When I first started, I put so much care into each fold, it would sometimes take 10mins to fold one bird. As I grew more and more familiar with the shape of the crane and the feeling of the paper in my fingers, I started to gain a sense of what was important. I found myself drawn to focus precisely on critical folds. For the rest, I could be sloppy, and it wouldn’t matter. Eventually, this became clear as a life lesson as well.
An Unexpectedly Spiritual Path
Knowing the different between what is important and what can be thrown together is a crucial component to success. After spending a few months folding cranes, I had my big beautiful pile of shiny cranes. I had kept track of them, meticulously counting them over and over, to make sure I had the correct number of each color. Initially, I had designed a shape that represented my partnership with a great love. I envisioned a clock shape, where the minute and second hands pointed to our birthdays. It was an ambitious project, and in many ways it mirrored my perspective on the relationship. Our lives diverged, and it took nearly a year to process what I thought was the loss of my greatest love.
I spent many hours folding cranes and reflecting on my experiences with her. I even sent her photos of the first 29 cranes, made in blue (her favorite color), a celebration of one of the clock hands, which would point at 7 and 29 (29 July, her birthday). I considered this to be a pinnacle of romantic gestures. She never spoke to me again. It would be many weeks before I finally came to realize that she had no interest in continuing a relationship with me. She became a ghost in my eyes.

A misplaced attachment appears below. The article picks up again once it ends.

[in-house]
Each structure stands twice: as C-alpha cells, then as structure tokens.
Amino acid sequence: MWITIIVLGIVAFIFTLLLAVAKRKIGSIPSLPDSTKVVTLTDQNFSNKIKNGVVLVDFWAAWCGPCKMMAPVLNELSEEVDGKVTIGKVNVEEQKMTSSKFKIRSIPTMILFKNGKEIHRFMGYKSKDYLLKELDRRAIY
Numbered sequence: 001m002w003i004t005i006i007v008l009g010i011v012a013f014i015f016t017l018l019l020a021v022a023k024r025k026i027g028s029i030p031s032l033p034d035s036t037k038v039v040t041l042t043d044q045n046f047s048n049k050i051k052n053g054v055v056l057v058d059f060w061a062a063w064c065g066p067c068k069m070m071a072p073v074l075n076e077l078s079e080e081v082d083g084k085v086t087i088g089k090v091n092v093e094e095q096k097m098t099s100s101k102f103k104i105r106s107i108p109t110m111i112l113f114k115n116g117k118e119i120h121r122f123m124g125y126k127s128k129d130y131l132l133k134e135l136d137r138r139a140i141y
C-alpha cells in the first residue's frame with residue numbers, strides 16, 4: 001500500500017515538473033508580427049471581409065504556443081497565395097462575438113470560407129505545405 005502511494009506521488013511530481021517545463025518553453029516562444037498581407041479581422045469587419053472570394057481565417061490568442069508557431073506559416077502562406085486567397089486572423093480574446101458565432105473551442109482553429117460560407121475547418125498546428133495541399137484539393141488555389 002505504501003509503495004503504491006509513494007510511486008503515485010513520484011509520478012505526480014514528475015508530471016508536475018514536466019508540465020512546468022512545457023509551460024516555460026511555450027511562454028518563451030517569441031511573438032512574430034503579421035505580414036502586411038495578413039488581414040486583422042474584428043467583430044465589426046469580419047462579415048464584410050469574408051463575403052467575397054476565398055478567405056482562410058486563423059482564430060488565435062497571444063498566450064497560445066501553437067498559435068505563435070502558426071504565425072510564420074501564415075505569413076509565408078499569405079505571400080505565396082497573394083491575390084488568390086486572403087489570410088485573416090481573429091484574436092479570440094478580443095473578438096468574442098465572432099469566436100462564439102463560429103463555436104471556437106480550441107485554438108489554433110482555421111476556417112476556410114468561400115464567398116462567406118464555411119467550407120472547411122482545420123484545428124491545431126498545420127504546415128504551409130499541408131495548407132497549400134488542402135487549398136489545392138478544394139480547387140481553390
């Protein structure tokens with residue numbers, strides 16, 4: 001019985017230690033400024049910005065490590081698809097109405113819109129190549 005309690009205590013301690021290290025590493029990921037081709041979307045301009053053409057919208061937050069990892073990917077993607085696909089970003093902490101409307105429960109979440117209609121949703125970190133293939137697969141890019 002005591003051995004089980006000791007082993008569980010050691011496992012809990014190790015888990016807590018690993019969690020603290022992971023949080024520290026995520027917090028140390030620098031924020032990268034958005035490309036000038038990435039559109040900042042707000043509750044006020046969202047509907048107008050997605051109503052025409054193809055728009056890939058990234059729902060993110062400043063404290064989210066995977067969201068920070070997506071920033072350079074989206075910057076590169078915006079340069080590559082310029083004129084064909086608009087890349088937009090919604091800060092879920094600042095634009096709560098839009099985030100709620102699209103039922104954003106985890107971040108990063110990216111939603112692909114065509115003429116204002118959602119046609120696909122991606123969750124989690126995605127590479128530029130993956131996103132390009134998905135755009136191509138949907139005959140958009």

I had spent all this energy focused on a life with her, but I never really put much thought into what I wanted. As I folded crane after crane, I endured strong emotions. I sometimes crushed a partially finished bird or ripped it apart and threw the pieces in the air, frustrated with my memory of her. Eventually, those thoughts faded, and I found serenity in the cranes once again. When I folded the last crane, I wrote my wish inside, to be lost in the thousand.
Japanese legend says the crane spirit will grant a wish to anyone who folds one thousand origami cranes.
It is unclear whether this wish is to be kept secret. I prefer to keep it secret here, sharing it with a precious few. What I will share is the journey along the path to my final wish.
The Unselfish Path
When seeking a wish from a presumed deity from a religion I do not follow, I had no real frame of reference. At first, I considered wishes like “world peace,” but that quickly became obviously broad and unrealistic. Also, I find that one especially ambiguous, as if “world” implies “the world we live in” and not some other planet. I also find the word “peace” especially concerning in this vague context, as it could easily be interpreted as “compliant in response to overwhelming oppression.” That seemed like a terrible end to bestow upon someone, certainly when intending to do something good for others.